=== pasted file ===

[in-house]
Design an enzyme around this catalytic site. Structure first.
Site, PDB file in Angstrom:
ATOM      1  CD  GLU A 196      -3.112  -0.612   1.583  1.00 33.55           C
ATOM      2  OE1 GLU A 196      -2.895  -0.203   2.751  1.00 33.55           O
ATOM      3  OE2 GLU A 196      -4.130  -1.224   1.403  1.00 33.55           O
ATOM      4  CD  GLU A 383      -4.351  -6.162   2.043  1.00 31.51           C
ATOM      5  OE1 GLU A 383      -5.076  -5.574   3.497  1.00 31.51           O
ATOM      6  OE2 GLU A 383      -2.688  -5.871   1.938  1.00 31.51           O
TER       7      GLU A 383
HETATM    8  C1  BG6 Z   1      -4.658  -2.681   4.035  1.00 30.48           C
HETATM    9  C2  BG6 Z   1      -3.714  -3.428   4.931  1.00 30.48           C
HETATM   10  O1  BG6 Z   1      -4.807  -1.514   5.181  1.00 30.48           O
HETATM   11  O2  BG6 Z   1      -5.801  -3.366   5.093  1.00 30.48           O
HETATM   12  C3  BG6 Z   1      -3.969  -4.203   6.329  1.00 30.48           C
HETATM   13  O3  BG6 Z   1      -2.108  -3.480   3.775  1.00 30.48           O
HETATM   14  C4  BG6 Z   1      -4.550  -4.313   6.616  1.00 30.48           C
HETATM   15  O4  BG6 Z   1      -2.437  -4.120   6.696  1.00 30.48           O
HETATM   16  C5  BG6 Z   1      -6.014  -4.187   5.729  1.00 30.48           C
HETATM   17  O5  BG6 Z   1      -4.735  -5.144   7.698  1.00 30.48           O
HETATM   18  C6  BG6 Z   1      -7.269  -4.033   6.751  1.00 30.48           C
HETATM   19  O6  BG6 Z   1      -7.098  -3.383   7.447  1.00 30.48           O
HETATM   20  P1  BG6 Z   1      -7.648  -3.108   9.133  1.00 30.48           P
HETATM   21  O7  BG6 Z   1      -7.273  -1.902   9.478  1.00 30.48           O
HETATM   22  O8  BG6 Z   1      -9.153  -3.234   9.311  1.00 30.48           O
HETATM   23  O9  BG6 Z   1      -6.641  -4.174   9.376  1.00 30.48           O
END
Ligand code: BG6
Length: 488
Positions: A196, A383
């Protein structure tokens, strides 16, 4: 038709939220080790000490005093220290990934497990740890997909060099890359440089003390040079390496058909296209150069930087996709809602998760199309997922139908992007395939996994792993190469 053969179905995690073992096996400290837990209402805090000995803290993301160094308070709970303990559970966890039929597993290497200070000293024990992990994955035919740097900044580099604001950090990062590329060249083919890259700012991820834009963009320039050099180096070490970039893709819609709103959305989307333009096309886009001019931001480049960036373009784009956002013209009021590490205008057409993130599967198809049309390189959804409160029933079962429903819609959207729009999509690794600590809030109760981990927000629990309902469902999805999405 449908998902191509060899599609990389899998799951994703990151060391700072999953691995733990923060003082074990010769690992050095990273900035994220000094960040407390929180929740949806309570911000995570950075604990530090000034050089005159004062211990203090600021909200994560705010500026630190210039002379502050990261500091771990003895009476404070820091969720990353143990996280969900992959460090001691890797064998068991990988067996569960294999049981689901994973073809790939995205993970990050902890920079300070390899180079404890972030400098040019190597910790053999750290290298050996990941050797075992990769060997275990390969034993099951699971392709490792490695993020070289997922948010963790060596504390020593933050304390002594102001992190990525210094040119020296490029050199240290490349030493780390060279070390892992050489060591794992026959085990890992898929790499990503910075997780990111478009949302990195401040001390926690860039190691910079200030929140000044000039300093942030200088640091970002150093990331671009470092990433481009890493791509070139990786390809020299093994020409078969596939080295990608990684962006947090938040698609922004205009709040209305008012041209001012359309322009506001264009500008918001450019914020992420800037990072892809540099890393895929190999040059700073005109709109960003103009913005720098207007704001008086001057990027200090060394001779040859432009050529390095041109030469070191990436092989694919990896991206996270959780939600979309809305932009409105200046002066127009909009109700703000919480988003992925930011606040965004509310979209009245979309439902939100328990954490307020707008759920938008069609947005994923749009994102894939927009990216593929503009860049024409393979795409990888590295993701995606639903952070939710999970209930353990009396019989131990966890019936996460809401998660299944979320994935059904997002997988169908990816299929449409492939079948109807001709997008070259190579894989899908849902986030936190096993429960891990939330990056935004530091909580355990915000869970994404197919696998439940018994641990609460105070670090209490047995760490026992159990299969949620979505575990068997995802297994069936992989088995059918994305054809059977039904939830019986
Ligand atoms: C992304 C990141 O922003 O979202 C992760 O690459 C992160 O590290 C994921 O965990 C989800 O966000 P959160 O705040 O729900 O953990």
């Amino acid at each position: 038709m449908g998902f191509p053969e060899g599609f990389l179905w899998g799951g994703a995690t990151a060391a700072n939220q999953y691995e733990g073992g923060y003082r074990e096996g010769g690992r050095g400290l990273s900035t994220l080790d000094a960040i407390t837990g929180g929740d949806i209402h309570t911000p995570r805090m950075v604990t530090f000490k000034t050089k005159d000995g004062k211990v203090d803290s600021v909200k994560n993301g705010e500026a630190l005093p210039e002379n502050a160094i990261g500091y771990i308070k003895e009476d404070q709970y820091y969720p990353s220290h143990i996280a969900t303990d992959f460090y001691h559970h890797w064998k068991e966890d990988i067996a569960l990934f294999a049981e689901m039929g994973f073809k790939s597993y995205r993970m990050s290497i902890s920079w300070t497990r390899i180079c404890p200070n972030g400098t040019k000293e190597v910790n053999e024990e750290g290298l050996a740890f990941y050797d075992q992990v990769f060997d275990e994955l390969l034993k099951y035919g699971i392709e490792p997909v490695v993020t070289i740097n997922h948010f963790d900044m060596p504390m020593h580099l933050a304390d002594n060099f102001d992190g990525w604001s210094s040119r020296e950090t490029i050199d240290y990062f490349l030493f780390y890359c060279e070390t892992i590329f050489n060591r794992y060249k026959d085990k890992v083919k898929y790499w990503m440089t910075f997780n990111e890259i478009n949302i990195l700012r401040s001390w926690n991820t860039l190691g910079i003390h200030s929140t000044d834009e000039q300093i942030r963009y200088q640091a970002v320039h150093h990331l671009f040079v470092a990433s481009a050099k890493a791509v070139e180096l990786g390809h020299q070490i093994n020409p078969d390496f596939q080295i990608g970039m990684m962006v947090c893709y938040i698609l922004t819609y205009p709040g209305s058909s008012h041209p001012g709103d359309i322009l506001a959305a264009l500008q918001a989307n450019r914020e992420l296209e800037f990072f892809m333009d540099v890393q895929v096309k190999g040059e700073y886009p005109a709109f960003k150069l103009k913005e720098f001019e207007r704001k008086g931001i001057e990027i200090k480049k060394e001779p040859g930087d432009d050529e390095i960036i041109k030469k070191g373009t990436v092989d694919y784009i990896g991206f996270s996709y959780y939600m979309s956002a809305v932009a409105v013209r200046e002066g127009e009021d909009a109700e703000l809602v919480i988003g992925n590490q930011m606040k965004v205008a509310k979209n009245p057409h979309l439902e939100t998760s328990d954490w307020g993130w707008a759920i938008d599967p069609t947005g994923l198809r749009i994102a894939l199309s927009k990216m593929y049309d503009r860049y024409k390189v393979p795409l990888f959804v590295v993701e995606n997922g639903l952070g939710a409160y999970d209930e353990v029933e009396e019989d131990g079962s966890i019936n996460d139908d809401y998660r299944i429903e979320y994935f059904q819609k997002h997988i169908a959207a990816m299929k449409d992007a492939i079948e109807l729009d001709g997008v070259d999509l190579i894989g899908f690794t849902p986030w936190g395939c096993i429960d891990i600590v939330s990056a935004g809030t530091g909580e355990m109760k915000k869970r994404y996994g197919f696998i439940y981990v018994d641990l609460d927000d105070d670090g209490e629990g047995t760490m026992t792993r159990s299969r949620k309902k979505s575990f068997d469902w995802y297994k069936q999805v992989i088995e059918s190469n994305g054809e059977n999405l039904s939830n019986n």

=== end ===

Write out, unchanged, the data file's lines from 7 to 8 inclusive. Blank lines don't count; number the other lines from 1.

ATOM      4  CD  GLU A 383      -4.351  -6.162   2.043  1.00 31.51           C
ATOM      5  OE1 GLU A 383      -5.076  -5.574   3.497  1.00 31.51           O